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First Lady of Zambia Learns About Callier Center During Visit
UT Dallas Ties' to African Country Include Annual Trips to Provide Services, Teleaudiology Program

  • Dr. James Bartlett (left), interim dean of the School of Behavioral and Brain Sciences, and Dr. Thomas Campbell (center), Ludwig A. Michael, MD Executive Director of the Callier Center for Communication Disorders, welcome Esther Lungu, the first lady of Zambia.

Esther Lungu, the first lady of Zambia, recently visited the Callier Center for Communication Disorders as part of a trip to the United States, saying she would like to utilize knowledge from Callier to help the people of her country.

Lungu was in Dallas participating in an event at the George W. Bush Institute that brought in a number of first ladies from around the world for the center’s Global Women’s Initiative summit. She often visits facilities that help children when she travels and chose to visit the Callier Center while in the area.

“I have a passion for the disabled: hearing impairments, visual impairments and physical impairments,” Lungu said.

Children from the Callier Child Development Program greeted Lungu in the front lobby with singing and sign language, handmade Texas “bluebonnets” and a signed card.

Lungu spent most of her time visiting with patients who were being treated for speech or hearing disorders, with audiologists and speech-language pathologists who were working with those patients, and with UT Dallas students.

It was very clear that Mrs. Lungu is very committed to the well-being of Zambians. She indicated a deep desire to make sure all Zambians with disabilities are fairly served.

Dr. Jackie Clark,
clinical professor at the School of Behavioral and Brain Sciences

From an observation room, the first lady watched speech-language pathologist Kelly Wilson work with a young patient in an individual speech therapy session. Using both literacy-based intervention and informal play, the therapist was able to address multiple language goals during the session.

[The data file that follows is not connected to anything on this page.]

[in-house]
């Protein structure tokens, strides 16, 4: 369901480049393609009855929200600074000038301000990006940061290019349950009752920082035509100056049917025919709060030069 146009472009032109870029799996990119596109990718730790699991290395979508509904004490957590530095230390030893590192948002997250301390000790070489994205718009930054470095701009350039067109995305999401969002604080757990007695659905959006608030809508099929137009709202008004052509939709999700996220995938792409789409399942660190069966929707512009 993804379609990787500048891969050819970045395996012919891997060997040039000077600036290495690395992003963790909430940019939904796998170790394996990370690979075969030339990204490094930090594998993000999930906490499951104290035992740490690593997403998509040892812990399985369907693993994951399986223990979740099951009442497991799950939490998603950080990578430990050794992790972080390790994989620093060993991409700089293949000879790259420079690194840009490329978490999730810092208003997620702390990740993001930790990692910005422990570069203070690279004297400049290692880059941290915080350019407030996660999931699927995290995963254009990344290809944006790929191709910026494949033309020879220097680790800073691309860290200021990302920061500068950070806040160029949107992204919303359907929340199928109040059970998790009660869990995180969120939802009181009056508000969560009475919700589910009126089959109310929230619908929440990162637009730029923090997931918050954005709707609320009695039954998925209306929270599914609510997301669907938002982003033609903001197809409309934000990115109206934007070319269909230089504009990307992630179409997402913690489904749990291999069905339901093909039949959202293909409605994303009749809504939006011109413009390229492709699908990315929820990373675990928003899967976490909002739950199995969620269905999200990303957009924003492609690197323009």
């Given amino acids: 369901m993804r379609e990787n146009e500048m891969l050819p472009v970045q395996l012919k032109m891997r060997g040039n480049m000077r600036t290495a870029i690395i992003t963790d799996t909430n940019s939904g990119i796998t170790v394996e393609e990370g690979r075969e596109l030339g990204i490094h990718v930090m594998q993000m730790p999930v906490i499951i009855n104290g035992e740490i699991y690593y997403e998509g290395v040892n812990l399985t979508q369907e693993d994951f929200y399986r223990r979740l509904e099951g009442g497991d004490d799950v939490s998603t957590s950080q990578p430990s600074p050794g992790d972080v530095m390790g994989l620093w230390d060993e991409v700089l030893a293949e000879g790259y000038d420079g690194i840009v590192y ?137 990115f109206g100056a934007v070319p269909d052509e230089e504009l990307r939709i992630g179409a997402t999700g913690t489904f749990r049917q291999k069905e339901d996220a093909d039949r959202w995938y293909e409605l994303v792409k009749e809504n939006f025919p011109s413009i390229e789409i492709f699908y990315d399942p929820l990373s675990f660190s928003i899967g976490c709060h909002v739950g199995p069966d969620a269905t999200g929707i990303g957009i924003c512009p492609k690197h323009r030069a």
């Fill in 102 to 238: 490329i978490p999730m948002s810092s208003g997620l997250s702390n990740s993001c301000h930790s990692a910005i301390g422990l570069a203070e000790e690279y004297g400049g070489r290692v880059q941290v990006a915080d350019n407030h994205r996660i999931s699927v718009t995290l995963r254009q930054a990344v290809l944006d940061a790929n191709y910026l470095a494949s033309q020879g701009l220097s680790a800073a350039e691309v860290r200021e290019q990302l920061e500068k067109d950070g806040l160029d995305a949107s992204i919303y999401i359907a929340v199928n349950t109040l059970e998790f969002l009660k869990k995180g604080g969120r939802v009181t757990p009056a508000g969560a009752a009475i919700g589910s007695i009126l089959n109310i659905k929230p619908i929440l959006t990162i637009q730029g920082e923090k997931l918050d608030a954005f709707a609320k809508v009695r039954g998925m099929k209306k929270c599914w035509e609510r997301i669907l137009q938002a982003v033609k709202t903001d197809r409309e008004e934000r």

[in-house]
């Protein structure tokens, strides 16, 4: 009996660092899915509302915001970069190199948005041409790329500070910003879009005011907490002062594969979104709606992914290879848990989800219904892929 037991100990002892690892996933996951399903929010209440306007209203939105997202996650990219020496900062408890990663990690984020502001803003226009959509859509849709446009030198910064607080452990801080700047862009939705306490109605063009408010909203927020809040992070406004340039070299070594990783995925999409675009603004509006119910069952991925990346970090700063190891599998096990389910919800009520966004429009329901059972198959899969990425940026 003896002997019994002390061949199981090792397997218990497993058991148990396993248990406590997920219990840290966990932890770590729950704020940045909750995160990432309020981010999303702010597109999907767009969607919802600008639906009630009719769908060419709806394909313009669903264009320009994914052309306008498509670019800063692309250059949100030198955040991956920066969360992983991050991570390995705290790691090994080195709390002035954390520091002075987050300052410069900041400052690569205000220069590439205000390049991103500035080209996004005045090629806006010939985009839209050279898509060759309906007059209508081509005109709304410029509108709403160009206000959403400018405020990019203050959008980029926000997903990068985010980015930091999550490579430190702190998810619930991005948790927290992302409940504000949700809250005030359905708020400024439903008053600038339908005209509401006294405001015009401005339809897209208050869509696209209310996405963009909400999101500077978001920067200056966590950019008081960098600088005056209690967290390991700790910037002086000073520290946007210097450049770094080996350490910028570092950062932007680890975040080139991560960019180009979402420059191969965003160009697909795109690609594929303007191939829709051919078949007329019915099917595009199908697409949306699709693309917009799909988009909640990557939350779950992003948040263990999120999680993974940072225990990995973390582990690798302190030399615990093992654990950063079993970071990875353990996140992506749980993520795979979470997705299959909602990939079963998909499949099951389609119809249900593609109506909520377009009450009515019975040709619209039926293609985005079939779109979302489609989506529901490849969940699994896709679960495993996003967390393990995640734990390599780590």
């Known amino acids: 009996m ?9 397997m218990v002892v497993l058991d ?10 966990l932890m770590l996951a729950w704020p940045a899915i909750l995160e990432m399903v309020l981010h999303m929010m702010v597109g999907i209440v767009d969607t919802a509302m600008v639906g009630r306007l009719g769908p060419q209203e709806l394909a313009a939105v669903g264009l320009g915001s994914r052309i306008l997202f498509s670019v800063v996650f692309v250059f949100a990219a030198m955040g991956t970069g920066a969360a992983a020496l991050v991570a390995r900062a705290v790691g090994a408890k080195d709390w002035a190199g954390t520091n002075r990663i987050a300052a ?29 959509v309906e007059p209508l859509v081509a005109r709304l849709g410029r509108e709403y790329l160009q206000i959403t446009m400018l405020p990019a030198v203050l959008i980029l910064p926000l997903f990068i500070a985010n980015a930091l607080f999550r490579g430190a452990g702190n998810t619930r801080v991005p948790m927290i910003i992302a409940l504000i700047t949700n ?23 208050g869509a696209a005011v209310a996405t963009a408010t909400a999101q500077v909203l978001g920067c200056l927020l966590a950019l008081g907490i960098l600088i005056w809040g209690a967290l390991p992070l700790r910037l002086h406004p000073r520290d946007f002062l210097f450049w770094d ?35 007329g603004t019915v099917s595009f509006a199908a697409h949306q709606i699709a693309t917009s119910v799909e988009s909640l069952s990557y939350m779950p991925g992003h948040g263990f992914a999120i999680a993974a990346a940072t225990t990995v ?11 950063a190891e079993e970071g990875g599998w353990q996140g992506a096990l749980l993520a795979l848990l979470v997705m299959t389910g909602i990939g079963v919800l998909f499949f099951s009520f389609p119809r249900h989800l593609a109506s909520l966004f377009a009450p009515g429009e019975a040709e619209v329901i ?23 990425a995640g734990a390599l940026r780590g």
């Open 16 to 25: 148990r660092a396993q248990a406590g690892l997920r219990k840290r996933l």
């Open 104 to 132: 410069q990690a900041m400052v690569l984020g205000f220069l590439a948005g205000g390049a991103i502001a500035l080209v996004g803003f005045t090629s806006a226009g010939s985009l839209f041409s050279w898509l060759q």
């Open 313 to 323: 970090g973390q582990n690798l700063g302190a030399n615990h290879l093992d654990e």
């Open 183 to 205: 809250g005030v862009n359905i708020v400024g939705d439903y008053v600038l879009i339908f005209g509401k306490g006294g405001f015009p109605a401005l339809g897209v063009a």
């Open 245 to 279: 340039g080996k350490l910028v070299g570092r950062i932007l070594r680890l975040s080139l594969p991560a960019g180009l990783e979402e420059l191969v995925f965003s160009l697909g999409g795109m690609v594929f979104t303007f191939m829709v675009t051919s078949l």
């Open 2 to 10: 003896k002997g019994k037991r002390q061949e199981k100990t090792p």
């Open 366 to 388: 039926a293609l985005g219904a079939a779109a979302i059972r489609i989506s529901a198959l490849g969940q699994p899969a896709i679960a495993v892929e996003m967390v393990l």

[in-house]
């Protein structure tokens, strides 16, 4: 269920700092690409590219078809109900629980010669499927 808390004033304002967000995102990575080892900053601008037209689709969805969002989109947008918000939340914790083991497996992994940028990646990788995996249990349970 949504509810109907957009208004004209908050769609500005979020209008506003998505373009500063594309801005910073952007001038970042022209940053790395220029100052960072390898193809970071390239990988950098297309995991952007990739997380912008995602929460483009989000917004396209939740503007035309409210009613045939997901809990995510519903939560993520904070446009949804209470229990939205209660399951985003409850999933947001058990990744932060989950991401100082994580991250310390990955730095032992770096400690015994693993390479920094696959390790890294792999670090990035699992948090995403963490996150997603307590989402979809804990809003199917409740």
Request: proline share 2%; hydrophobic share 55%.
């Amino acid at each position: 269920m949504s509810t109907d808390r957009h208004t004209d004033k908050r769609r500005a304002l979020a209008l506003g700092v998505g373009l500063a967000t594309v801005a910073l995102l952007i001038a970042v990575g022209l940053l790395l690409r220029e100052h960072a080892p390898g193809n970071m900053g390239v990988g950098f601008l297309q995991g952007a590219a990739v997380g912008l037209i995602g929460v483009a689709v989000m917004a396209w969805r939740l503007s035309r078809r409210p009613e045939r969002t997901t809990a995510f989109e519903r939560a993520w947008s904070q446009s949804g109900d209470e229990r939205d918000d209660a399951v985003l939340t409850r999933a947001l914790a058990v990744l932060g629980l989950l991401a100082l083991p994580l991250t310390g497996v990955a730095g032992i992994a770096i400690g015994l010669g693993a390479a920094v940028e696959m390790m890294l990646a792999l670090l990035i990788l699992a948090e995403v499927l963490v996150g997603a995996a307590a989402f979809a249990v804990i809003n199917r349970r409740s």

In one treatment room, Lungu talked with a hearing impaired patient who also has Down syndrome. In another area, she saw Dr. Ken Pugh, an audiologist, treat a young patient who has hearing impairment in both ears. The patient’s mother explained to Lungu the process of obtaining hearing aids at the Callier Center. Lungu and her staff engaged Pugh and the family in a discussion on the latest in hearing aid technology, including how Bluetooth can be used to connect hearing aids with cellphones — which is increasingly common among teenagers.

“The first lady was quite engaged in the conversation,” Pugh said. “She talked with the mother and the son, and was particularly interested in learning more about the hearing aid.”

Dr. Jackie Clark, clinical professor at the School of Behavioral and Brain Sciences, each year leads students on trips to Africa to provide audiology services, such as hearing screenings, fitting hearing aids, and training local personnel in ear and hearing care practices. Recently, she spearheaded a “teleaudiology program” in which rural Zambians can have their hearing checked remotely, without a doctor having to be present.

During Lungu’s visit, she and Clark talked about that program as well as other ways that Zambia can provide more assistance to the country’s audiologist, Dr. Alfred Mwamba, so that hearing services for its citizens can be improved and increased.

“It was very clear that Mrs. Lungu is very committed to the well-being of Zambians. She indicated a deep desire to make sure all Zambians with disabilities are fairly served,” Clark said.

Dr. Thomas Campbell, Ludwig A. Michael, MD Executive Director of the Callier Center and Sara T. Martineau Professor, said visits such as Lungu’s are good for everyone.

“It was wonderful having the first lady visit Callier. Any time we can host a high-level leader from another country to talk about our University, our school and our center, it’s a positive thing for the University and for our students,” he said.

Lungu said she was grateful for the Callier tour and the knowledge she gained about speech and audiology.

“This has been tremendous. When I go back home, I want to impart the knowledge I have acquired here with others — starting with the president himself — so that Zambians in these situations (can be helped),” Lungu said. “I will talk to doctors in Zambia to see how we can tap into your knowledge and technology, and take it back to Zambia.”

Media Contact: The Office of Media Relations, UT Dallas, (972) 883-2155, [email protected].

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